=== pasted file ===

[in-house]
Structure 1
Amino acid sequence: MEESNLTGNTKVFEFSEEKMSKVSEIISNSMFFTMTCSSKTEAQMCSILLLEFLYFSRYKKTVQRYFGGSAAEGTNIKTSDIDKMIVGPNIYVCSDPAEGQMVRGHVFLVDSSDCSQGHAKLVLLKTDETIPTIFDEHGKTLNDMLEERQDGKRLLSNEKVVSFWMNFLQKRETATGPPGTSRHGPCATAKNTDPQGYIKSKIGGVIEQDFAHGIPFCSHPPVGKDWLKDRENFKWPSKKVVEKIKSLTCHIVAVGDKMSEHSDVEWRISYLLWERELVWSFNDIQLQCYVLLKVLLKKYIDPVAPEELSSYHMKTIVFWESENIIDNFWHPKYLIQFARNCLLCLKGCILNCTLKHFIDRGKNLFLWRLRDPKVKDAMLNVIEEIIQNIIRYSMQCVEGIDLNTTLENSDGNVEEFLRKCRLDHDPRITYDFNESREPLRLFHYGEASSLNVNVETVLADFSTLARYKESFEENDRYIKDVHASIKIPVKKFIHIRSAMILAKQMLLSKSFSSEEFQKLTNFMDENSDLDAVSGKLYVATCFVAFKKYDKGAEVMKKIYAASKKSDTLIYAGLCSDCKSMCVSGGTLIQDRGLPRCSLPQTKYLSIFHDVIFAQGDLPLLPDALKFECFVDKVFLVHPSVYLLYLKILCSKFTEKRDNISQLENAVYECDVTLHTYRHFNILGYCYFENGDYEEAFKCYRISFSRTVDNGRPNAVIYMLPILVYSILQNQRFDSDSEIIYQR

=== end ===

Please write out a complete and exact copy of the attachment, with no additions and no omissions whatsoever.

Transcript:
[in-house]
Structure 1
Amino acid sequence: MEESNLTGNTKVFEFSEEKMSKVSEIISNSMFFTMTCSSKTEAQMCSILLLEFLYFSRYKKTVQRYFGGSAAEGTNIKTSDIDKMIVGPNIYVCSDPAEGQMVRGHVFLVDSSDCSQGHAKLVLLKTDETIPTIFDEHGKTLNDMLEERQDGKRLLSNEKVVSFWMNFLQKRETATGPPGTSRHGPCATAKNTDPQGYIKSKIGGVIEQDFAHGIPFCSHPPVGKDWLKDRENFKWPSKKVVEKIKSLTCHIVAVGDKMSEHSDVEWRISYLLWERELVWSFNDIQLQCYVLLKVLLKKYIDPVAPEELSSYHMKTIVFWESENIIDNFWHPKYLIQFARNCLLCLKGCILNCTLKHFIDRGKNLFLWRLRDPKVKDAMLNVIEEIIQNIIRYSMQCVEGIDLNTTLENSDGNVEEFLRKCRLDHDPRITYDFNESREPLRLFHYGEASSLNVNVETVLADFSTLARYKESFEENDRYIKDVHASIKIPVKKFIHIRSAMILAKQMLLSKSFSSEEFQKLTNFMDENSDLDAVSGKLYVATCFVAFKKYDKGAEVMKKIYAASKKSDTLIYAGLCSDCKSMCVSGGTLIQDRGLPRCSLPQTKYLSIFHDVIFAQGDLPLLPDALKFECFVDKVFLVHPSVYLLYLKILCSKFTEKRDNISQLENAVYECDVTLHTYRHFNILGYCYFENGDYEEAFKCYRISFSRTVDNGRPNAVIYMLPILVYSILQNQRFDSDSEIIYQR